Ionic currents in response to membrane depolarization in an Aplysia neurone.

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The Journal of Physiology, ISSN: 1469-7793, Vol: 289, Issue: 1, Page: 115-141

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Adams, David J; Gage, Peter W
Biochemistry, Genetics and Molecular Biology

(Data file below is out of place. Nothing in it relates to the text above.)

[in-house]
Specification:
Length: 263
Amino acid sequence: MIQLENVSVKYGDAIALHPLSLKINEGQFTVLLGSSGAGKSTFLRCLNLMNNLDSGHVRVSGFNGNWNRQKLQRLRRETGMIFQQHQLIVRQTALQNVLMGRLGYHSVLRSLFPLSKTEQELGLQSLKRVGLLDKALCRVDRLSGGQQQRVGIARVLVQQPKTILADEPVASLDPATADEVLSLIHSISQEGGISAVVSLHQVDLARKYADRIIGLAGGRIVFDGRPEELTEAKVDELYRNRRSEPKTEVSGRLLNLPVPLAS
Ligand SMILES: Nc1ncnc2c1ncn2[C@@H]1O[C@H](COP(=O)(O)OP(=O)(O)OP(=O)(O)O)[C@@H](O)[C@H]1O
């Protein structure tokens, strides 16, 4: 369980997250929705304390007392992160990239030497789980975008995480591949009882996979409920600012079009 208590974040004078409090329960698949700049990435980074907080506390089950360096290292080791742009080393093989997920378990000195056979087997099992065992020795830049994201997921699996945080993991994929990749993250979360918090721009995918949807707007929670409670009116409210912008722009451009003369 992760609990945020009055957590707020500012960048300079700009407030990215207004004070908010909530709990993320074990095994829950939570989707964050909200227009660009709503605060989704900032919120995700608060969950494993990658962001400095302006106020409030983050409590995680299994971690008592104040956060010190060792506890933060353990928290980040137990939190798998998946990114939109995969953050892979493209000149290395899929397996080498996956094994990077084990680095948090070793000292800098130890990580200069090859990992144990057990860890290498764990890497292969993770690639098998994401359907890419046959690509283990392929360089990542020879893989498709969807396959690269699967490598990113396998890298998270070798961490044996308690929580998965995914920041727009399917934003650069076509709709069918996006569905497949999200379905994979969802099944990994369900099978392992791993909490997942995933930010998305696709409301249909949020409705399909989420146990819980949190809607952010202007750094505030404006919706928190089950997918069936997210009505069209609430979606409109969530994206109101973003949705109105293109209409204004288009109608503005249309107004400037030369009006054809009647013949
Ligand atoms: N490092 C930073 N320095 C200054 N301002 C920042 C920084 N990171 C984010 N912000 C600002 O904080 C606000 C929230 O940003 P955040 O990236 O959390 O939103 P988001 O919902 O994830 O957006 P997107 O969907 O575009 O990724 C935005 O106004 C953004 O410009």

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1. Action potentials recorded in the soma of R15 neurones in the abdominal ganglia of Aplysia juliana were not suppressed by selective inhibition of either Na or Ca conductance alone. It was necessary to block both conductances to suppress action potentials. 2. Membrane currents generated by step depolarizations of the soma consisted of early transient and delayed steady‐state currents. The early transient current could have one or two components depending on the activating depolarization. 3. The early more rapid component had a reversal potential at +54 mV and the reversal potential changed with extracellular Na concentration in accord with the Nernst equation. It was blocked by substitution of impermeant cations for Na, by TTX and by internal injections of Zn. It was concluded that this component was normally a Na current. 4. The later slower component of the transient current had a reversal potential at about +65 mV and the reversal potential changed with extracellular Ca concentration is accord with the Nernst equation. It was blocked by substitution of Mg for Ca or addition of Mn, Co, Ni or verapamil to the extracellular solution. It was concluded that this component was normally a Ca current. 5. Na and Ca currents were generated at different threshold potentials, Na currents first appearing at about ‐20 mV and Ca currents at ‐5 to 0 mV. 6. The time‐to‐peak of both Na and Ca currents was affected by the holding potential, by the amplitude of the activating depolarization, by temperature and by divalent ion concentration. 7. The peak Na and Ca conductances both increased sigmoidally with increasing depolarization, the maximum Na conductance of 10‐‐15 microS being approximately twice the maximum Ca conductance. Peak conductances for Na and Ca reached half‐maximum at ‐8 and +3 mV, respectively. 8. The amplitude of the delayed steady‐state current could be varied by changing the extracellular K+ ion concentration or by adding tetraethylammonium to the extracellular solution. The reversal potential for 'tail currents' was ‐67 mV and shifted 18 mV when the extracellular K concentration was doubled. It was concluded that the delayed steady‐state current was K current. 9. With prolonged depolarizations, K current decayed with a time constant of the order of 1 sec. Peak K conductance increased with increasing depolarization with the half‐maximum occurring at a potential more positive than +20 mV. The maximum rate of fractional activation of K conductance was independent of the amplitude of the clamp step. © 1979 The Physiological Society